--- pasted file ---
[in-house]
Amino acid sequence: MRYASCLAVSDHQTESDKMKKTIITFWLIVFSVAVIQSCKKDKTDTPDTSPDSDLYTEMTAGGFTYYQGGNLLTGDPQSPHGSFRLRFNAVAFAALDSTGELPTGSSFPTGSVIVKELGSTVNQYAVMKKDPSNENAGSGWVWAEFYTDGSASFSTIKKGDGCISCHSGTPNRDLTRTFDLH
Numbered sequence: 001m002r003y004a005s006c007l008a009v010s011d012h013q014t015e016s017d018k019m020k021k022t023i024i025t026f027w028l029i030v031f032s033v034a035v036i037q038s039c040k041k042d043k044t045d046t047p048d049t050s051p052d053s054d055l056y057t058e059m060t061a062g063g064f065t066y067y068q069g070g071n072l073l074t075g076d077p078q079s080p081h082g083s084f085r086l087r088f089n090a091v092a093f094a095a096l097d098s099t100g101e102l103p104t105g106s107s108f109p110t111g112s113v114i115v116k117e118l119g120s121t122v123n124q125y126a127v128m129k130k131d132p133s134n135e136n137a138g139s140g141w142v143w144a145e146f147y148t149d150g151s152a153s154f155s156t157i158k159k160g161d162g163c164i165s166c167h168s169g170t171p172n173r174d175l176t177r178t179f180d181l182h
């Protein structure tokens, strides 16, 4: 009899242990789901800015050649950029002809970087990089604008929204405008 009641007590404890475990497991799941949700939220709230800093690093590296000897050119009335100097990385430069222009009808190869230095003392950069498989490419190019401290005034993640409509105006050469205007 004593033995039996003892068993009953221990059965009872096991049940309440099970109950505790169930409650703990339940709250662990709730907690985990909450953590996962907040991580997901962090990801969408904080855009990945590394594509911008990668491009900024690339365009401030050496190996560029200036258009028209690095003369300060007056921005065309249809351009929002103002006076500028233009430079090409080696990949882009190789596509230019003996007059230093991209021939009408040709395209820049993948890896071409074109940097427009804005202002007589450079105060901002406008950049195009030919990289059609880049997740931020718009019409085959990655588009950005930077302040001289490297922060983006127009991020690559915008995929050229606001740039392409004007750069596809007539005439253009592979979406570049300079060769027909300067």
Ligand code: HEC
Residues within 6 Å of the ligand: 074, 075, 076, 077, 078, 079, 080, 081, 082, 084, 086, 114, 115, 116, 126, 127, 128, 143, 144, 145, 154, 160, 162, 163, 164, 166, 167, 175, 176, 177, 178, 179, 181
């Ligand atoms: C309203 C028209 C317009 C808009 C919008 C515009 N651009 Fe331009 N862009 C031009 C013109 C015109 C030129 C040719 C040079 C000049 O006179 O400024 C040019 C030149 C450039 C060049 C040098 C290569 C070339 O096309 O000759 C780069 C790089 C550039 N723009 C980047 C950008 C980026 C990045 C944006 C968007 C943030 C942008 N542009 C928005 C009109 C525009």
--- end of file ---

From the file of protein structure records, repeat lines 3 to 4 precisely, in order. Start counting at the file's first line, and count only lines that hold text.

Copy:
Numbered sequence: 001m002r003y004a005s006c007l008a009v010s011d012h013q014t015e016s017d018k019m020k021k022t023i024i025t026f027w028l029i030v031f032s033v034a035v036i037q038s039c040k041k042d043k044t045d046t047p048d049t050s051p052d053s054d055l056y057t058e059m060t061a062g063g064f065t066y067y068q069g070g071n072l073l074t075g076d077p078q079s080p081h082g083s084f085r086l087r088f089n090a091v092a093f094a095a096l097d098s099t100g101e102l103p104t105g106s107s108f109p110t111g112s113v114i115v116k117e118l119g120s121t122v123n124q125y126a127v128m129k130k131d132p133s134n135e136n137a138g139s140g141w142v143w144a145e146f147y148t149d150g151s152a153s154f155s156t157i158k159k160g161d162g163c164i165s166c167h168s169g170t171p172n173r174d175l176t177r178t179f180d181l182h
């Protein structure tokens, strides 16, 4: 009899242990789901800015050649950029002809970087990089604008929204405008 009641007590404890475990497991799941949700939220709230800093690093590296000897050119009335100097990385430069222009009808190869230095003392950069498989490419190019401290005034993640409509105006050469205007 004593033995039996003892068993009953221990059965009872096991049940309440099970109950505790169930409650703990339940709250662990709730907690985990909450953590996962907040991580997901962090990801969408904080855009990945590394594509911008990668491009900024690339365009401030050496190996560029200036258009028209690095003369300060007056921005065309249809351009929002103002006076500028233009430079090409080696990949882009190789596509230019003996007059230093991209021939009408040709395209820049993948890896071409074109940097427009804005202002007589450079105060901002406008950049195009030919990289059609880049997740931020718009019409085959990655588009950005930077302040001289490297922060983006127009991020690559915008995929050229606001740039392409004007750069596809007539005439253009592979979406570049300079060769027909300067």